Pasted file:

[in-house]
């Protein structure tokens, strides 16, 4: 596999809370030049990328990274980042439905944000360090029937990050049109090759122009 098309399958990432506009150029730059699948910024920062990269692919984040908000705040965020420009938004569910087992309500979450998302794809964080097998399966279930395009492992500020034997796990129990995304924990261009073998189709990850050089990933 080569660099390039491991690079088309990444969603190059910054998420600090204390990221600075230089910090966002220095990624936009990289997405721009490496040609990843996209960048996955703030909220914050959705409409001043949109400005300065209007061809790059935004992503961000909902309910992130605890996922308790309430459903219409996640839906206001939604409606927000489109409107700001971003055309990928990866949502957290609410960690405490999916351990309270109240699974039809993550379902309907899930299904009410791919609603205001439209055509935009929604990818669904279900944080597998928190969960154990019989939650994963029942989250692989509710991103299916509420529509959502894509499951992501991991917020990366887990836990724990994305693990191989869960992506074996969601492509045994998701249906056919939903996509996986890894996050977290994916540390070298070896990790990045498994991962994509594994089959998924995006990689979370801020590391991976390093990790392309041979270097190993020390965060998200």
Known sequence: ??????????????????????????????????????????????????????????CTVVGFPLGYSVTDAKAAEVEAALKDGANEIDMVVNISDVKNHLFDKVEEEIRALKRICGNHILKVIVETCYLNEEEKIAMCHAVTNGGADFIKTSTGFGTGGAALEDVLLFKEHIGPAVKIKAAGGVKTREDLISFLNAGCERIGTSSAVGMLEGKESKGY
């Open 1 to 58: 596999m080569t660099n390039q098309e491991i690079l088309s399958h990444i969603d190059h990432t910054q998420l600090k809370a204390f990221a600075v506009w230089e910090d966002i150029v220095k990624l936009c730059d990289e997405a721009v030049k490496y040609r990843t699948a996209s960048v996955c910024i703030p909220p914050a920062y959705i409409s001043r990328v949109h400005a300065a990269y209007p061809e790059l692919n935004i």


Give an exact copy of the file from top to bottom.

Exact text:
[in-house]
């Protein structure tokens, strides 16, 4: 596999809370030049990328990274980042439905944000360090029937990050049109090759122009 098309399958990432506009150029730059699948910024920062990269692919984040908000705040965020420009938004569910087992309500979450998302794809964080097998399966279930395009492992500020034997796990129990995304924990261009073998189709990850050089990933 080569660099390039491991690079088309990444969603190059910054998420600090204390990221600075230089910090966002220095990624936009990289997405721009490496040609990843996209960048996955703030909220914050959705409409001043949109400005300065209007061809790059935004992503961000909902309910992130605890996922308790309430459903219409996640839906206001939604409606927000489109409107700001971003055309990928990866949502957290609410960690405490999916351990309270109240699974039809993550379902309907899930299904009410791919609603205001439209055509935009929604990818669904279900944080597998928190969960154990019989939650994963029942989250692989509710991103299916509420529509959502894509499951992501991991917020990366887990836990724990994305693990191989869960992506074996969601492509045994998701249906056919939903996509996986890894996050977290994916540390070298070896990790990045498994991962994509594994089959998924995006990689979370801020590391991976390093990790392309041979270097190993020390965060998200």
Known sequence: ??????????????????????????????????????????????????????????CTVVGFPLGYSVTDAKAAEVEAALKDGANEIDMVVNISDVKNHLFDKVEEEIRALKRICGNHILKVIVETCYLNEEEKIAMCHAVTNGGADFIKTSTGFGTGGAALEDVLLFKEHIGPAVKIKAAGGVKTREDLISFLNAGCERIGTSSAVGMLEGKESKGY
């Open 1 to 58: 596999m080569t660099n390039q098309e491991i690079l088309s399958h990444i969603d190059h990432t910054q998420l600090k809370a204390f990221a600075v506009w230089e910090d966002i150029v220095k990624l936009c730059d990289e997405a721009v030049k490496y040609r990843t699948a996209s960048v996955c910024i703030p909220p914050a920062y959705i409409s001043r990328v949109h400005a300065a990269y209007p061809e790059l692919n935004i």